foodiesHere is a brief overview of how The Food Friends program is addressing childhood obesity preventionThe Food Friends: Fun With New Food is an evidence base social marketing campaign aimed at increasing children’s willingness to try new foods in an effort to enhance food choice, and hence dietary variety.  A physical activity companion program, The Food Friends: Get Movin’ with Mighty Moves® develops gross motor skills to improve the programs’ overall efforts to establish healthful habits that prevent childhood obesity early in life. Both programs have demonstrated significant behavior changes in preschool children and are published in the research literature.

In recognition of September as National Childhood Obesity Awareness month I would like to share The Food Friends 7 Simple Tips to Overcome Picky Eating and to Get Moving.  These simple tips can be incorporated in early care and education centers/homes and shared with families.

Fun with New Food:  7 Simple Tips to Overcome Picky Eating

  1. Make trying new foods fun
  2. Keep offering new foods
  3. Offer one new food at a time
  4. Be a good role model by eating new foods with the children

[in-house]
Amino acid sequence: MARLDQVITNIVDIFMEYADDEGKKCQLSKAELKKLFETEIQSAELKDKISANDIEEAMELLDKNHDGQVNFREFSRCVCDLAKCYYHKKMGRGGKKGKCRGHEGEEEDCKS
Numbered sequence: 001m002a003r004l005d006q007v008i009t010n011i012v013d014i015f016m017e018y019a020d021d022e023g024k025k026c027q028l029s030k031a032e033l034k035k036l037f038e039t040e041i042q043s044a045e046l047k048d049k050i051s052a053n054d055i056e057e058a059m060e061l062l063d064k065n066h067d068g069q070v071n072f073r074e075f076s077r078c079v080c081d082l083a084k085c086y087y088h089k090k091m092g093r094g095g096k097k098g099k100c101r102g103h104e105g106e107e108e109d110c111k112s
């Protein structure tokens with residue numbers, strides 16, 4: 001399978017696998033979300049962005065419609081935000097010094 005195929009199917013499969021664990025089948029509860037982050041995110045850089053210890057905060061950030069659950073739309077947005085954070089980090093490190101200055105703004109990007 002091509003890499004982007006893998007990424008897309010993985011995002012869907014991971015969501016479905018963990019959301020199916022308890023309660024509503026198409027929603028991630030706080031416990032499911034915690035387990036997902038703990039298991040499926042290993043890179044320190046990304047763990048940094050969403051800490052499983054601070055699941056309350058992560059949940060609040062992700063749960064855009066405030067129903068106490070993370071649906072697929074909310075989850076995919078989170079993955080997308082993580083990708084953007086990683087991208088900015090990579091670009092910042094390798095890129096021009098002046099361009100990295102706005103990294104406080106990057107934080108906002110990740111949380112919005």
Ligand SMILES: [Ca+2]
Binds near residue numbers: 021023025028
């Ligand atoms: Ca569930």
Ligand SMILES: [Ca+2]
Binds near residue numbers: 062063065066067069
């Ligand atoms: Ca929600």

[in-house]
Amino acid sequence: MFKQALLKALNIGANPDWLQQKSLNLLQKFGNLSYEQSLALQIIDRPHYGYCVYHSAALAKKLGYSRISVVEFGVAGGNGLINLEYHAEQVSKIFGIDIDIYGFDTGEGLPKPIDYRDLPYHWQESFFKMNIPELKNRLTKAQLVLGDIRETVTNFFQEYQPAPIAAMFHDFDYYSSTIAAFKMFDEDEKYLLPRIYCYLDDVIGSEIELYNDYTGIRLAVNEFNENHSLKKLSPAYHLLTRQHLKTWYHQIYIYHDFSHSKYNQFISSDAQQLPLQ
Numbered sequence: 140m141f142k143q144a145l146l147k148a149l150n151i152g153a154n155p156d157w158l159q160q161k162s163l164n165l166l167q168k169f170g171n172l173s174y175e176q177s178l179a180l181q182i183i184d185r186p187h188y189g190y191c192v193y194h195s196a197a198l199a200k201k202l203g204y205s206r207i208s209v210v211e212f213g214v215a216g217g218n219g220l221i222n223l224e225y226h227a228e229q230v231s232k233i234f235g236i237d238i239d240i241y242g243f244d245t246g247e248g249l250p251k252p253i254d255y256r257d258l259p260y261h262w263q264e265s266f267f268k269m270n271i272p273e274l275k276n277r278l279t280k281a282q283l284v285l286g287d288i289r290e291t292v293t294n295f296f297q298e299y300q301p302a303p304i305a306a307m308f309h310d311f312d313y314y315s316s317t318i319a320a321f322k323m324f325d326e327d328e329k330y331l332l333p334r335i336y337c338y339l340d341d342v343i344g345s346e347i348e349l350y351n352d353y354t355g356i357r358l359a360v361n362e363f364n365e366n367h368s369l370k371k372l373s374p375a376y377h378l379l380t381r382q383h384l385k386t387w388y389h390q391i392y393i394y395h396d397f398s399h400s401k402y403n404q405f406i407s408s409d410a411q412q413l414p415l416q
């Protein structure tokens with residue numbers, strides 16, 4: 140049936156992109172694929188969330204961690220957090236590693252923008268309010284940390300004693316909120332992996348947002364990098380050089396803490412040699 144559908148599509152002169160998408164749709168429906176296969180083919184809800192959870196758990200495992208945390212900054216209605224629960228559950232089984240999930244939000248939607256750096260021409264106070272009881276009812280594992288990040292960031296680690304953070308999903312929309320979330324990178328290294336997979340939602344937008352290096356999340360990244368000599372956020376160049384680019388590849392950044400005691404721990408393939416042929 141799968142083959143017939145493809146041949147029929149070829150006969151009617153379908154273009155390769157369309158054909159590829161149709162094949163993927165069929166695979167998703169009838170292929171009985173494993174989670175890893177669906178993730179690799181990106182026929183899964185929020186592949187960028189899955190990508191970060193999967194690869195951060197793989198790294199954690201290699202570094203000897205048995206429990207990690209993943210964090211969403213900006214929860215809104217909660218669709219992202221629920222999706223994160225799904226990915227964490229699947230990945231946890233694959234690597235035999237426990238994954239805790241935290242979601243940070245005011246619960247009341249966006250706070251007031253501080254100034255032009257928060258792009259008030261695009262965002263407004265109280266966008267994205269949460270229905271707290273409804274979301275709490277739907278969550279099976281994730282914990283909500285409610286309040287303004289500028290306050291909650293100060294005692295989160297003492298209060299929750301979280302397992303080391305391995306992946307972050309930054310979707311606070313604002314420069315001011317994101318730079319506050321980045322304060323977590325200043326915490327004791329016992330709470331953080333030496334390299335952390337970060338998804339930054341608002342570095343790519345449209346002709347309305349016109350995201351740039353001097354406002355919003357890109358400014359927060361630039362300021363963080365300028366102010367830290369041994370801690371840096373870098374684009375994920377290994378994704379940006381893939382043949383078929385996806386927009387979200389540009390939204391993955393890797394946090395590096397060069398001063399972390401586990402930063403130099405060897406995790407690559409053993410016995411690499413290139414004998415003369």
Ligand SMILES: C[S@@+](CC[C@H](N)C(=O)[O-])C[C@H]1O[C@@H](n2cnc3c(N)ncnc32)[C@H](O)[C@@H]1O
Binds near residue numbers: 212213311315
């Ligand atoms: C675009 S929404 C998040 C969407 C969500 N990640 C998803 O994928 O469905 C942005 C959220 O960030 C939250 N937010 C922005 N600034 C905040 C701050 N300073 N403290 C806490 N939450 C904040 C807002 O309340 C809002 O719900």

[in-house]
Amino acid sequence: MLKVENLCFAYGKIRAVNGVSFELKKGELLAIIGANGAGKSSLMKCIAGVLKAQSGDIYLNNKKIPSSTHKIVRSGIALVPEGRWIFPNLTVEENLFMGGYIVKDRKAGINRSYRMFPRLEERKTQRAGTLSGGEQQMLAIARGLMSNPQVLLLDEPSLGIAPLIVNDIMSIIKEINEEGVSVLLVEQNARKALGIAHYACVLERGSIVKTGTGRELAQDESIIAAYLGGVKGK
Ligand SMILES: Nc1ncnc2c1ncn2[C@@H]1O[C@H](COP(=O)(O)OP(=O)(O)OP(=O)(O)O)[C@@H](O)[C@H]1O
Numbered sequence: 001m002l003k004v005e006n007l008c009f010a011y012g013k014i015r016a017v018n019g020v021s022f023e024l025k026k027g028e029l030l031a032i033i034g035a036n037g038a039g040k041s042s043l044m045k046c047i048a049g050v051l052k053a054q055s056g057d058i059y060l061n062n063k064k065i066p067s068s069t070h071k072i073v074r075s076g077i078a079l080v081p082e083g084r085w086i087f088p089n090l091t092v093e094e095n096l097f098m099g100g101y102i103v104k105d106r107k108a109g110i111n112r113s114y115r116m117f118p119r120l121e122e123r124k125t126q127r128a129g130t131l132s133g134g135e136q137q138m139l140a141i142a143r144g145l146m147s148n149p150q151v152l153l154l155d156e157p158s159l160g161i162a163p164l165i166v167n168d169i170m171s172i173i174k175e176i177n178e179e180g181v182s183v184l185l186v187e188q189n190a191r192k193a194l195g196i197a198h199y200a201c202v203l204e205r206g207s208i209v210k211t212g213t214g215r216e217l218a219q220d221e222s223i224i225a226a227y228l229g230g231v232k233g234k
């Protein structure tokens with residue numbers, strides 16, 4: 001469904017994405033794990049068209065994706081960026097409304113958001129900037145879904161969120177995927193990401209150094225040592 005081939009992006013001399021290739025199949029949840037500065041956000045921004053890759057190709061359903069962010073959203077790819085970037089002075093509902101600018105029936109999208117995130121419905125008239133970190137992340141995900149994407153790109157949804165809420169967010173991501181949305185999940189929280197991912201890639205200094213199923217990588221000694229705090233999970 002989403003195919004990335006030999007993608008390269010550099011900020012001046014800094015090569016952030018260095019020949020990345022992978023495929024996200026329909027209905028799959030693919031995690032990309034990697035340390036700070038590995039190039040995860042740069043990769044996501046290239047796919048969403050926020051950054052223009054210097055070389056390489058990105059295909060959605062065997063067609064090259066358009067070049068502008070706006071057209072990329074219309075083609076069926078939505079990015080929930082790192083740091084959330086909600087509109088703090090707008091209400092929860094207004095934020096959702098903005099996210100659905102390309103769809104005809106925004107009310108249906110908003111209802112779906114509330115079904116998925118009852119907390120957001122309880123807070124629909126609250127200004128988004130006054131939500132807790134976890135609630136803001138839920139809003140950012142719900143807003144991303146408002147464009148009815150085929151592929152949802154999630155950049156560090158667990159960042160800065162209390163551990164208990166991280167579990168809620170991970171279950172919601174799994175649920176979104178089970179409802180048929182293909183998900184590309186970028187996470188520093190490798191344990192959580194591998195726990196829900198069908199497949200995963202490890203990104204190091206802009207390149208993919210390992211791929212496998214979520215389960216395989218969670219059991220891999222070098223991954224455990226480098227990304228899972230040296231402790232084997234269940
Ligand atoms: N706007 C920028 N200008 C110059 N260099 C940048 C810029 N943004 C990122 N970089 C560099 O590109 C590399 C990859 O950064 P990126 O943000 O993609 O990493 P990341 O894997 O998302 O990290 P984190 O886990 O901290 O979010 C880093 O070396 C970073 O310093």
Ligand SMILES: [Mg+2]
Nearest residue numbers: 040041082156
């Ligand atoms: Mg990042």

5. Let children choose new foods
  6. Avoid forcing children to try new foods
  7. Teach children about new foods

Get Movin’ With Mighty Moves: 7 Simple Tips to Get Moving

  1. Let children explore with movement
  2. Make activity fun
  3. Be creative with activity
  4. Add activity into daily life
  5. Budget TV and screen time
  6. Engage children’s imagination
  7. Be a good role model by being active with children

I have learned so much in my work over the past four years and my passion has grown to ensure that our precious little children have the opportunity to be healthy as they grow and develop!  With that said, I want to emphasize it is we, the adults who are responsible for the health of our children!  It is our job… our job! We are the adults, they are the children.  We are the ones who are buying the food they eat and scheduling how/where they spend time.  We owe it to the children to provide healthy food and beverage choices… to give them opportunities to move their bodies… build those gross motor skills… allow for free, glorious play throughout the day… to have fun learning about food and what their bodies can do!   Join me in this critical cause, together we can join the national movement to address childhood obesity.

For more information on The Food Friends and/or program participation and healthy children please contact me, Becky Keigan at 970-491-3562 or by email rebecca.keigan@colostate.edu

21Aug/13Off

Mixed Company: Preparing ALL Children for School – repost from 8/2012

Rebecca Soden

Posted by Rebecca Soden

By

Rebecca Soden

Are you a parent or grandparent looking for a quality preschool experience for your child? Great news! Our high quality NAEYC Accredited school here at Clayton Early Learning would like to announce that we now have a limited number of preschool openings available for tuition-based children.